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Zucchini Tian

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Zucchini Tian, courtesy of Food 52, (courtesy of Julia Child).

The best way to cook is always to start with what’s in season.  And in the middle of summer, zucchini is pretty much a consistent go-to for me. Whether it’s simply grilled, chopped and added to a lemony couscous, or shredded and sautéed with some butter and shallot, I love it.  But last Friday on a slightly cooler-than-usual evening I was looking for a slightly more substantial zucchini side dish.  I wanted it to be the only thing I served alongside a pan roasted salmon.   After a quick search on my favorite site food52.com, I landed on Zucchini Tian. Perfect.

It turned out to be exactly what I was looking for.  The base of zucchini made it light enough to still feel “healthy” but the rice, parmesan cheese and milk gave it the body I was hoping would help it do double-duty as both a starch and a veggie with dinner.  It was a lovely accompaniment to the salmon I made, but it could also stand up to a steak, or any other roast.  It paired well (along with the salmon) with a crisp French Picpoul, but any sharp white wine would be a fine complement.

Chefs note: This dish is fairly involved, and does require a lot of preparation.  It’s not something you’ll likely throw together on a Wednesday night, but it is impressive, and is worth the time when you have it.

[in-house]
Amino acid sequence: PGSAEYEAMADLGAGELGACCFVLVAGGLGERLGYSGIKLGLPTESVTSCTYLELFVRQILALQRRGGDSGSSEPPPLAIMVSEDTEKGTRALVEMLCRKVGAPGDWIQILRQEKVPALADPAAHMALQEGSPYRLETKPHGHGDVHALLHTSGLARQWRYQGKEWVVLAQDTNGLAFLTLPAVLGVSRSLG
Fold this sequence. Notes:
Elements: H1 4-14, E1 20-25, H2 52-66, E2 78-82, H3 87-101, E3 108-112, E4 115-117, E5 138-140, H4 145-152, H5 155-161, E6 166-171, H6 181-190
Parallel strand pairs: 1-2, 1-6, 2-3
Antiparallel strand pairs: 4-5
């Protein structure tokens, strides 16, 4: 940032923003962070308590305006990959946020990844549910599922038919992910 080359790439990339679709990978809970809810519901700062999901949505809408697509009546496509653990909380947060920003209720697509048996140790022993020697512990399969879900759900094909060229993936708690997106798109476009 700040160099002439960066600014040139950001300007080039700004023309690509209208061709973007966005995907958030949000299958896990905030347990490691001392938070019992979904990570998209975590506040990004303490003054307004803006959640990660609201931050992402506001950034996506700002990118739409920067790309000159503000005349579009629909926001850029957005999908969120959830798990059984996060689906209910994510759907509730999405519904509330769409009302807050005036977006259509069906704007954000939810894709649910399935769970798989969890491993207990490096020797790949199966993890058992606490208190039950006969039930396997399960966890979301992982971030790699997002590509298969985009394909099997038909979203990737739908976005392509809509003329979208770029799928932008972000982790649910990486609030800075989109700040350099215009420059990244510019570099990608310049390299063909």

Happy eating!

  • 2 to 2 1/2 pounds zucchini
  • 1/2 cup plain, raw, untreated white rice
  • 1 cup minced onions
  • 3 to 4 tablespoons olive oil
  • 2 large cloves garlic, mashed or finely minced
  • 2 tablespoons flour
  • About 2 1/2 cups warm liquid: zucchini juices plus milk, heated in a pan (watch this closely so that it doesn’t curdle)
  • About 2/3 cups grated Parmesan cheese (save 2 tablespoons for later)
  • Salt and pepper to taste
  • A heavily buttered 6- to 8-cup, flameproof baking and serving dish about 1 1/2 inches deep
Courgettes Rapées (Grated and Salted Zucchini)
  1. Shave the stem and the tip off each zucchini (or other summer squash), scrub the vegetable thoroughly but not harshly with a brush under cold running water to remove any clinging sand or dirt.
  2. If vegetables are large, halve or quarter them. If seeds are large and at all tough, and surrounding flesh is coarse rather than moist and crisp, which is more often the case with yellow squashes and striped green cocozelles than with zucchini, cut out and discard the cores.